The fdng routine is using the parameter field DiffInt, in the structure optParam, see TOMLAB Appendix A, as the numerical step size. The user could either change this field or set the field Prob.GradTolg. The field Prob.GradTolg may either be a scalar value or a vector of step sizes of the same length as the number of unknown parameters x. The advantage is that individual step sizes can be used, in the case of very different properties of the variables or very different scales. If the field Prob.GradTolg is defined as a negative number, the fdng routine is estimating a suitable step size for each of the unknown parameters. This is a costly operation in terms of function evaluations, and is normally not needed on well-scaled problems.
Similar to the fdng, there are two routines FDJac and FDHess. FDJac numerically estimates the Jacobian for nonlinear least squares problems or the constraint Jacobian in constrained nonlinear problems. FDJac checks if the field Prob.GradTolJ is defined, with the same action as fdng. FDHess estimates the Hessian matrix in nonlinear problems and checks for the definition of the field Prob.GradTolH. Both routines use field Prob.optParam.DiffInt as the default tolerance if the other field is empty. Note that FDHess has no automatic step size estimation. The implementation in fdng, FDJac and FDHess avoids taking steps outside the lower and upper bounds on the decision variables. This feature is important if going outside the bounds makes the function undefined.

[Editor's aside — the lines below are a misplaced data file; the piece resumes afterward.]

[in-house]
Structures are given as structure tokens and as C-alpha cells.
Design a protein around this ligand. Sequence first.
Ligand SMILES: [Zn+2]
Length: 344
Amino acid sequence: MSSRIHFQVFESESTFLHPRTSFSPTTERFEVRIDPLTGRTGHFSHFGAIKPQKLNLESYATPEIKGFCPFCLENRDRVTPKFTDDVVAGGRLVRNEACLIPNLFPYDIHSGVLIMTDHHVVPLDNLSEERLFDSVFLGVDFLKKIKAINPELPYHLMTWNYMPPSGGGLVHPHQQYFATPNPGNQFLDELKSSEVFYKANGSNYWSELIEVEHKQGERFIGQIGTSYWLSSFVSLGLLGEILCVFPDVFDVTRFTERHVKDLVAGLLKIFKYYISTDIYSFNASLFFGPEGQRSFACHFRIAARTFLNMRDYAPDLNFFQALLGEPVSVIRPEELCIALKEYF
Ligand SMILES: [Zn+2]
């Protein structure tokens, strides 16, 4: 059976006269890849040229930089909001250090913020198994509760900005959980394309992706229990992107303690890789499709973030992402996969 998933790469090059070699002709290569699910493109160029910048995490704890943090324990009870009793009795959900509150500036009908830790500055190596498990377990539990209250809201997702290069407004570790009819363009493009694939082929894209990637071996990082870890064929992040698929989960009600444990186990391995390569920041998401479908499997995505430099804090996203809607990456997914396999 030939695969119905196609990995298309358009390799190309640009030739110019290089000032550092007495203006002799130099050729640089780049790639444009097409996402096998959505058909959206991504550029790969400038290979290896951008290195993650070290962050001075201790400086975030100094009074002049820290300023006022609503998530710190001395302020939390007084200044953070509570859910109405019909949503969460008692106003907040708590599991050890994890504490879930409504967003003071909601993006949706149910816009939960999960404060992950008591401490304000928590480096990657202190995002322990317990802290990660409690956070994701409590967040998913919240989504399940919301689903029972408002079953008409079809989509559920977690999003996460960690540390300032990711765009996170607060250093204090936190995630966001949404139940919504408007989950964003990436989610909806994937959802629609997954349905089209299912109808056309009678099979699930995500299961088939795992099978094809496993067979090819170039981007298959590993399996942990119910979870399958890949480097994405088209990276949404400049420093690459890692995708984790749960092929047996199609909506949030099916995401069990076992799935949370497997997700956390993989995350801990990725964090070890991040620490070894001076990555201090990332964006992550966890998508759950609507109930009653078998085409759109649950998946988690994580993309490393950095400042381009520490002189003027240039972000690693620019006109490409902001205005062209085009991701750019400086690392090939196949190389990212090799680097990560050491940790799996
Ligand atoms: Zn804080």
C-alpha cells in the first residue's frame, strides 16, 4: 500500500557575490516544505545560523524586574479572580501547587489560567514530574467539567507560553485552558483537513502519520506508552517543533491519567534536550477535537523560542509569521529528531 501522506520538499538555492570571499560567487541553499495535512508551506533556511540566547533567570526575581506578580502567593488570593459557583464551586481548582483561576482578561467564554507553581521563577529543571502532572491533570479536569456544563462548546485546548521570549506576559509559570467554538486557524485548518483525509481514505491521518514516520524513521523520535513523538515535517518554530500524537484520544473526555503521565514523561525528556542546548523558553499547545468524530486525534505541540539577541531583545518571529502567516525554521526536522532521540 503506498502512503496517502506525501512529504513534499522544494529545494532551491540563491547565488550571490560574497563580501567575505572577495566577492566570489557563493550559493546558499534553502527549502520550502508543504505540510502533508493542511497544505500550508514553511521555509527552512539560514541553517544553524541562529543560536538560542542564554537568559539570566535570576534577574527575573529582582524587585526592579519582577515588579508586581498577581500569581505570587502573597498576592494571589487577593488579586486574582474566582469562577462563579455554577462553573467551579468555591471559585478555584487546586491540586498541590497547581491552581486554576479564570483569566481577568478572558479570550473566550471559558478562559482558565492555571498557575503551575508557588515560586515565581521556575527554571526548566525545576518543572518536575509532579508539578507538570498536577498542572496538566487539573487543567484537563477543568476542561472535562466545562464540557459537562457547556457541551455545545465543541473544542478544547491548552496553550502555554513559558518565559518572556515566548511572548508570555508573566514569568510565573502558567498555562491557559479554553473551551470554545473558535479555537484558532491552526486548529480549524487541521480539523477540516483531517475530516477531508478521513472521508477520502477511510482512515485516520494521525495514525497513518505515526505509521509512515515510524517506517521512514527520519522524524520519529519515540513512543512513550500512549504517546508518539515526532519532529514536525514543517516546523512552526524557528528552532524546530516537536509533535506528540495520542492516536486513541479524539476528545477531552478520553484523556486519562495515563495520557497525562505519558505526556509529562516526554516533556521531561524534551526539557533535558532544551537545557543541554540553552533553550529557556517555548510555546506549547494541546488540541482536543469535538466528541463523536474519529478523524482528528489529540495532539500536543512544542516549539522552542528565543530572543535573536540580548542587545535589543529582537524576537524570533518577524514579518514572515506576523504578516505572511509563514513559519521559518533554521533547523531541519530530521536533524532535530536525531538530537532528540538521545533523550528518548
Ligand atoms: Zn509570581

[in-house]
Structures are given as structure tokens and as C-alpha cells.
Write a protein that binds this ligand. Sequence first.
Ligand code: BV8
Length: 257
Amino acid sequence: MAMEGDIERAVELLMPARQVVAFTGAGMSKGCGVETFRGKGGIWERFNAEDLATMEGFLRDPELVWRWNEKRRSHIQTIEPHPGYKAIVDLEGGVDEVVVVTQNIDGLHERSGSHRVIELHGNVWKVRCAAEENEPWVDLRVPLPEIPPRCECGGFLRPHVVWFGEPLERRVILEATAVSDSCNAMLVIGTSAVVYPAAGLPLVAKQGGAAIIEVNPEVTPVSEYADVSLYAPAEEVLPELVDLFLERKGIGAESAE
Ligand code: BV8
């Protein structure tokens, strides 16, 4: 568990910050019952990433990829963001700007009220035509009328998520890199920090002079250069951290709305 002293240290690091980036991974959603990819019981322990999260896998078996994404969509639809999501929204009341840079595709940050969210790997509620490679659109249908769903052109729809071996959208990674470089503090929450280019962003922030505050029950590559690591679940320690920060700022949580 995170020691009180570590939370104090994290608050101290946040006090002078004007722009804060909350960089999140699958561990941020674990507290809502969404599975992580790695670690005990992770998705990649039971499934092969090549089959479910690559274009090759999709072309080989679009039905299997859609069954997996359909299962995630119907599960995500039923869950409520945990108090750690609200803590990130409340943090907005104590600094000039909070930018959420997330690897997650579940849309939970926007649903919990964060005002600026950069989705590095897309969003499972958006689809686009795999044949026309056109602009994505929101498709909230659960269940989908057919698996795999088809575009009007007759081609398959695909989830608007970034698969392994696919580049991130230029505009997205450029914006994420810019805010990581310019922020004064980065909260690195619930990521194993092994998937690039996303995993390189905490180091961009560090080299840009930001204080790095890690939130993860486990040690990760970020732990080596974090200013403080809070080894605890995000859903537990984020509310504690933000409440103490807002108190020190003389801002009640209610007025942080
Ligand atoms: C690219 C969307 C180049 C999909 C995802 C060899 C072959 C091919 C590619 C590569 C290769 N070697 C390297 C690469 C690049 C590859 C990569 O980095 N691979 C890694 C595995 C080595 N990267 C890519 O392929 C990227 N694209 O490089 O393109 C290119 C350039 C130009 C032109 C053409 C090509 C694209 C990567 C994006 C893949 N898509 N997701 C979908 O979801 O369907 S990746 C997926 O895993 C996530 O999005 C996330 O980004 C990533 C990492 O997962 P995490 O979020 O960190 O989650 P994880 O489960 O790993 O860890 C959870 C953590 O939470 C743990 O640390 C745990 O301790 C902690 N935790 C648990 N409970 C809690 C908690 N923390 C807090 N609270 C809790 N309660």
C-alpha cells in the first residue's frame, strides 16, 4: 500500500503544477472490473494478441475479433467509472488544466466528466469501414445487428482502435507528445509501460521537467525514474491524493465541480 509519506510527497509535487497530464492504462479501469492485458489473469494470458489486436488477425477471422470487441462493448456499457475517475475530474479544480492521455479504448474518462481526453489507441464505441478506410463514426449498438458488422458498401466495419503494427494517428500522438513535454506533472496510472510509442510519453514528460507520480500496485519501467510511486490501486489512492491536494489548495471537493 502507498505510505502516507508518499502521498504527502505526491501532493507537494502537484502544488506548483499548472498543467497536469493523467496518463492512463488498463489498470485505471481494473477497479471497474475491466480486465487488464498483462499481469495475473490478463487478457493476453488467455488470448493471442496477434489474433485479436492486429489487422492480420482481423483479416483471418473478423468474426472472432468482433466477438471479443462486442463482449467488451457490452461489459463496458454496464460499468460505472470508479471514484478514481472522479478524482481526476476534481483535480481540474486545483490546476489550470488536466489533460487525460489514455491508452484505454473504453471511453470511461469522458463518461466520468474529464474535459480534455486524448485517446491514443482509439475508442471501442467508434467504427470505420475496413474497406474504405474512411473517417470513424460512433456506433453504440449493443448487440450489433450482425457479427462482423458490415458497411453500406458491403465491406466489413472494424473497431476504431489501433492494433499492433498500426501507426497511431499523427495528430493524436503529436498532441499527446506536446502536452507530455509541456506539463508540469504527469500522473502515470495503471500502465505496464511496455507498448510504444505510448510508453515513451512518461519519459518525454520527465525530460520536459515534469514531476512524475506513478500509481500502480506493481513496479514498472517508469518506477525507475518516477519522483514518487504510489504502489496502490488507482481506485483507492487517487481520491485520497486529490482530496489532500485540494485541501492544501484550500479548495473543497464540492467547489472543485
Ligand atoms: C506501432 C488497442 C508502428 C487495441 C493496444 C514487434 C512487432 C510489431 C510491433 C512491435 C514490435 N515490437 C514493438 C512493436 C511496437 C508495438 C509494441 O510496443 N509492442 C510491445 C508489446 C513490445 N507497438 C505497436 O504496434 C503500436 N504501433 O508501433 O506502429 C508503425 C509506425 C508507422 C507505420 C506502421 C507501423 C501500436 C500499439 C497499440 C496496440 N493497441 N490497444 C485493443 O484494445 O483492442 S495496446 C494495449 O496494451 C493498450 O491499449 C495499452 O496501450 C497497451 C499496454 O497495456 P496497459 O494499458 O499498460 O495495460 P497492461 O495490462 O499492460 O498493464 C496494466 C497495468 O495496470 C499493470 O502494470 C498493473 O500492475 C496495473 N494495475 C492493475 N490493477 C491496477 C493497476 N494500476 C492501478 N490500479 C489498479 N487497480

Splines
Matlab splines is selected by setting Prob.NumDiff or Prob.ConsDiff = 2 (12). csaps will be used if Prob.NumDiff or Prob.ConsDiff is set to 3 (13), spaps if set to 4 (14) and finally csapi if set to 4 (14) with Prob.optParam.SplineTol < 0.
The first spline option can be used without the Spline Toolbox installed. If the Spline Toolbox is installed, gradient, Jacobian, constraint Jacobian and Hessian approximations could be computed in three different ways depending on which of the three routines, csaps, spaps or csapi the user choose to use.